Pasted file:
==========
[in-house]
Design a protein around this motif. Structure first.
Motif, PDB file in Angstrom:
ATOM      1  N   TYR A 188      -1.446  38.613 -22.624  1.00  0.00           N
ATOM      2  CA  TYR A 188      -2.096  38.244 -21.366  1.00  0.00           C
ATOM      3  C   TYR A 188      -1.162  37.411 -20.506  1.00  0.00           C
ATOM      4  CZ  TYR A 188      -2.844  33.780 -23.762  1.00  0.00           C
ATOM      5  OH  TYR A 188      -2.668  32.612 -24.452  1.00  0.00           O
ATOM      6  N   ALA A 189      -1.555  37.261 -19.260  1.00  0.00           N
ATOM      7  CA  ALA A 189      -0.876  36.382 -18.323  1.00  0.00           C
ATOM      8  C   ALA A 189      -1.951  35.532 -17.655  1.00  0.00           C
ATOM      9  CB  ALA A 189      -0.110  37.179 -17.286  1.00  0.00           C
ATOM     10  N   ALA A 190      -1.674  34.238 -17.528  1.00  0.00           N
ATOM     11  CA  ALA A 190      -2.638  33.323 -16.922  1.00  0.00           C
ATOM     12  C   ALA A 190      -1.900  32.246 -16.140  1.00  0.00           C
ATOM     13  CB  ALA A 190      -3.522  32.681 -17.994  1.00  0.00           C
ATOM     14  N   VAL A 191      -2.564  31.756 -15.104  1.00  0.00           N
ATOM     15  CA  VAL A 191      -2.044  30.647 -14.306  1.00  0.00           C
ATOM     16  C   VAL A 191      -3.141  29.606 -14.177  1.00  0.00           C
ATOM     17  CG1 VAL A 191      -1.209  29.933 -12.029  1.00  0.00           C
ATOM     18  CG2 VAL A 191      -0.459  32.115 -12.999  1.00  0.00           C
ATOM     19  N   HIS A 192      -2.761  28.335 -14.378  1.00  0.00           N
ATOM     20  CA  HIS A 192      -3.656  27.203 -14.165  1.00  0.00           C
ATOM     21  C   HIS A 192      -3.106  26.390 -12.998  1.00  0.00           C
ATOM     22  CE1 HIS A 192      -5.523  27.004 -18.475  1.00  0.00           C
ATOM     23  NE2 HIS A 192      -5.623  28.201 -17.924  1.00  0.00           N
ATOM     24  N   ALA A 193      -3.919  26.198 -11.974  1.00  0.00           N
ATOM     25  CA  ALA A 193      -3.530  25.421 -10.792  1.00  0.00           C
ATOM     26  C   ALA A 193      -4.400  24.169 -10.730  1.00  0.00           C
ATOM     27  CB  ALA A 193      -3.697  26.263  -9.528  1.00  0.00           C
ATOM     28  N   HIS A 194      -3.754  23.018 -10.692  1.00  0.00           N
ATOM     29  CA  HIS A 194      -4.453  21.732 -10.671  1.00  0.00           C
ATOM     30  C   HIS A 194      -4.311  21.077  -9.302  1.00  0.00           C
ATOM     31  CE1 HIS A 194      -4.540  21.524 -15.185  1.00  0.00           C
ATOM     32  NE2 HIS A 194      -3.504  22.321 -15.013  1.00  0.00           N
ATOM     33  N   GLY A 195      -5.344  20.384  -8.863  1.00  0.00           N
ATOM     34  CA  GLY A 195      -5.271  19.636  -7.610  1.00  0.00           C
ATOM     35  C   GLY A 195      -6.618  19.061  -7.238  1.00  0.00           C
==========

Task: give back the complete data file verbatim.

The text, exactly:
[in-house]
Design a protein around this motif. Structure first.
Motif, PDB file in Angstrom:
ATOM      1  N   TYR A 188      -1.446  38.613 -22.624  1.00  0.00           N
ATOM      2  CA  TYR A 188      -2.096  38.244 -21.366  1.00  0.00           C
ATOM      3  C   TYR A 188      -1.162  37.411 -20.506  1.00  0.00           C
ATOM      4  CZ  TYR A 188      -2.844  33.780 -23.762  1.00  0.00           C
ATOM      5  OH  TYR A 188      -2.668  32.612 -24.452  1.00  0.00           O
ATOM      6  N   ALA A 189      -1.555  37.261 -19.260  1.00  0.00           N
ATOM      7  CA  ALA A 189      -0.876  36.382 -18.323  1.00  0.00           C
ATOM      8  C   ALA A 189      -1.951  35.532 -17.655  1.00  0.00           C
ATOM      9  CB  ALA A 189      -0.110  37.179 -17.286  1.00  0.00           C
ATOM     10  N   ALA A 190      -1.674  34.238 -17.528  1.00  0.00           N
ATOM     11  CA  ALA A 190      -2.638  33.323 -16.922  1.00  0.00           C
ATOM     12  C   ALA A 190      -1.900  32.246 -16.140  1.00  0.00           C
ATOM     13  CB  ALA A 190      -3.522  32.681 -17.994  1.00  0.00           C
ATOM     14  N   VAL A 191      -2.564  31.756 -15.104  1.00  0.00           N
ATOM     15  CA  VAL A 191      -2.044  30.647 -14.306  1.00  0.00           C
ATOM     16  C   VAL A 191      -3.141  29.606 -14.177  1.00  0.00           C
ATOM     17  CG1 VAL A 191      -1.209  29.933 -12.029  1.00  0.00           C
ATOM     18  CG2 VAL A 191      -0.459  32.115 -12.999  1.00  0.00           C
ATOM     19  N   HIS A 192      -2.761  28.335 -14.378  1.00  0.00           N
ATOM     20  CA  HIS A 192      -3.656  27.203 -14.165  1.00  0.00           C
ATOM     21  C   HIS A 192      -3.106  26.390 -12.998  1.00  0.00           C
ATOM     22  CE1 HIS A 192      -5.523  27.004 -18.475  1.00  0.00           C
ATOM     23  NE2 HIS A 192      -5.623  28.201 -17.924  1.00  0.00           N
ATOM     24  N   ALA A 193      -3.919  26.198 -11.974  1.00  0.00           N
ATOM     25  CA  ALA A 193      -3.530  25.421 -10.792  1.00  0.00           C
ATOM     26  C   ALA A 193      -4.400  24.169 -10.730  1.00  0.00           C
ATOM     27  CB  ALA A 193      -3.697  26.263  -9.528  1.00  0.00           C
ATOM     28  N   HIS A 194      -3.754  23.018 -10.692  1.00  0.00           N
ATOM     29  CA  HIS A 194      -4.453  21.732 -10.671  1.00  0.00           C
ATOM     30  C   HIS A 194      -4.311  21.077  -9.302  1.00  0.00           C
ATOM     31  CE1 HIS A 194      -4.540  21.524 -15.185  1.00  0.00           C
ATOM     32  NE2 HIS A 194      -3.504  22.321 -15.013  1.00  0.00           N
ATOM     33  N   GLY A 195      -5.344  20.384  -8.863  1.00  0.00           N
ATOM     34  CA  GLY A 195      -5.271  19.636  -7.610  1.00  0.00           C
ATOM     35  C   GLY A 195      -6.618  19.061  -7.238  1.00  0.00           C